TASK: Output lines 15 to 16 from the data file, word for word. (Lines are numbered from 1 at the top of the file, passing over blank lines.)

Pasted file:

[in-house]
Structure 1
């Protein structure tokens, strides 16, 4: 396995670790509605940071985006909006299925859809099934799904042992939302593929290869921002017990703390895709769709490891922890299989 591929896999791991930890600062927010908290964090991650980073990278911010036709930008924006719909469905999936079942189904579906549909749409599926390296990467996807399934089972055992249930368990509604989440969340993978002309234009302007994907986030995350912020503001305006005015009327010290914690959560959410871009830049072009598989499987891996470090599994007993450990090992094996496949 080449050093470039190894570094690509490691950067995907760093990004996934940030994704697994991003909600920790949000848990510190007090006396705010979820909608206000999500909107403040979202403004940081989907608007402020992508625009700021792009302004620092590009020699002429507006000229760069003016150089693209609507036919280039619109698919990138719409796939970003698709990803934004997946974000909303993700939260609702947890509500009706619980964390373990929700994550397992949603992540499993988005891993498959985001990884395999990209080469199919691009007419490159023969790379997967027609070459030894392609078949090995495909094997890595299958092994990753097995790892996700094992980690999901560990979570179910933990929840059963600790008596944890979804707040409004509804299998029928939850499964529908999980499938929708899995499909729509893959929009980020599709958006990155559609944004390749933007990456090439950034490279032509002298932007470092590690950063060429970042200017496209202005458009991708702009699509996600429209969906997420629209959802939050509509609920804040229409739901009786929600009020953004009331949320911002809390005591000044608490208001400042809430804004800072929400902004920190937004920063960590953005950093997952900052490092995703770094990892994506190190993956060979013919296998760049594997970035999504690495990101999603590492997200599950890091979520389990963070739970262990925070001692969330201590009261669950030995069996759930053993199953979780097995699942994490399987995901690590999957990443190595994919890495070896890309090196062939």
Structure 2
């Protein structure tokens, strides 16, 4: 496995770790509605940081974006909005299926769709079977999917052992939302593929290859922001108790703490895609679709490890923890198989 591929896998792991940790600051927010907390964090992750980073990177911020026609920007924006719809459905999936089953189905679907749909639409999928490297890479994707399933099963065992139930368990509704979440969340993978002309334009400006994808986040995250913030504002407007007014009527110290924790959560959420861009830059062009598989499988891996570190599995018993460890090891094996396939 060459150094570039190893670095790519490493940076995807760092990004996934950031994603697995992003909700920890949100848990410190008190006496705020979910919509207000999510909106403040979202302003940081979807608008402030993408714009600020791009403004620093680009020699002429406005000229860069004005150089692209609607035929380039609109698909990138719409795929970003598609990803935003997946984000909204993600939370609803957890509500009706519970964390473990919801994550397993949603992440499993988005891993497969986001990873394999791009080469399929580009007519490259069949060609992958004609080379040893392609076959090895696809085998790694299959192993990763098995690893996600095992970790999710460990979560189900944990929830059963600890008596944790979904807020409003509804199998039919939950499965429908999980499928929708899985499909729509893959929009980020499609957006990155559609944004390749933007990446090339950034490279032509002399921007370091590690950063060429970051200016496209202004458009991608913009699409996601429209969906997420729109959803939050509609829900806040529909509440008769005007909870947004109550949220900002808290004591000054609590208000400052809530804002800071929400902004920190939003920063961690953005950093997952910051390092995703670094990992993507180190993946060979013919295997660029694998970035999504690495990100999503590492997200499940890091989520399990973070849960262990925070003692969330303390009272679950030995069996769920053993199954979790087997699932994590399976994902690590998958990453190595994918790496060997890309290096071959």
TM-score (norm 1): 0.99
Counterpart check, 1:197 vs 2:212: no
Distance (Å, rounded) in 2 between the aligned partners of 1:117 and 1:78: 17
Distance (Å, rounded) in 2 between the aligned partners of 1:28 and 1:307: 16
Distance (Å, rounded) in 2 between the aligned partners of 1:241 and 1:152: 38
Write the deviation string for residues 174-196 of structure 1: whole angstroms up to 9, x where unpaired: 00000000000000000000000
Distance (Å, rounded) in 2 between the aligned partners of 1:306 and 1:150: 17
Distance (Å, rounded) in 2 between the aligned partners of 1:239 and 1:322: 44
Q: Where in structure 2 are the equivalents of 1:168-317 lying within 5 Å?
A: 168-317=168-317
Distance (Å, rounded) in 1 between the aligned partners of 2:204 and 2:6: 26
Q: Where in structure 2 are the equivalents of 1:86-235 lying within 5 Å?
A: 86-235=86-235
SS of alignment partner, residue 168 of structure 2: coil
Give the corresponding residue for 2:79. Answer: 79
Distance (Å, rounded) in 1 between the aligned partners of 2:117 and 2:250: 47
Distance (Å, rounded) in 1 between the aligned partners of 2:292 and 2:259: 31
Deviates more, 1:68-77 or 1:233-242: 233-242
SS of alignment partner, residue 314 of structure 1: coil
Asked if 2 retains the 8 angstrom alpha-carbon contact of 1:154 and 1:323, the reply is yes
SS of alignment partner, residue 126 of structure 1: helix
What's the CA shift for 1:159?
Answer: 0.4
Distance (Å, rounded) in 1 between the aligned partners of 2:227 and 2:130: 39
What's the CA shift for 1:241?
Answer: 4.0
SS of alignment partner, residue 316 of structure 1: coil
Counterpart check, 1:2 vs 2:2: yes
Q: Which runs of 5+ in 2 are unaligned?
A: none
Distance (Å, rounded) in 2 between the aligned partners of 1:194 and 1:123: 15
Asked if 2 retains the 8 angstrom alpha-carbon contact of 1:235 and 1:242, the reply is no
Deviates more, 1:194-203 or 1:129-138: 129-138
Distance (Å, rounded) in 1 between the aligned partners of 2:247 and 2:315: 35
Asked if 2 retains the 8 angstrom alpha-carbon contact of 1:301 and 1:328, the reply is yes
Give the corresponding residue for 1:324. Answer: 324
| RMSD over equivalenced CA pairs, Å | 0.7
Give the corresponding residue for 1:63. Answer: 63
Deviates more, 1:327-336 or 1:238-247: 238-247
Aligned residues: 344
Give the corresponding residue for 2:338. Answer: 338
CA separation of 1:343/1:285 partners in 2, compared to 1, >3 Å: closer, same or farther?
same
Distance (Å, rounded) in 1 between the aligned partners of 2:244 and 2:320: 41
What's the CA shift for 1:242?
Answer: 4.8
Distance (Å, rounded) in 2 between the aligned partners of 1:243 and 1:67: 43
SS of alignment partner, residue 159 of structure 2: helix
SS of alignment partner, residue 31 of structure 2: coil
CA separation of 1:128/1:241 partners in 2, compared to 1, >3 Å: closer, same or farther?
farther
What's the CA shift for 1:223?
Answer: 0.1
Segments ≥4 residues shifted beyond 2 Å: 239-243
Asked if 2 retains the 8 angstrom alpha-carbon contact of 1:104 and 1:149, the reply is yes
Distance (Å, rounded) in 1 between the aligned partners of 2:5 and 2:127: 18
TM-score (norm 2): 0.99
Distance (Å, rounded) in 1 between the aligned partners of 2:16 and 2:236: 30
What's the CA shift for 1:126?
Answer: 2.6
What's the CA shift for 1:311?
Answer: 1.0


A: 168-317=168-317
Distance (Å, rounded) in 1 between the aligned partners of 2:204 and 2:6: 26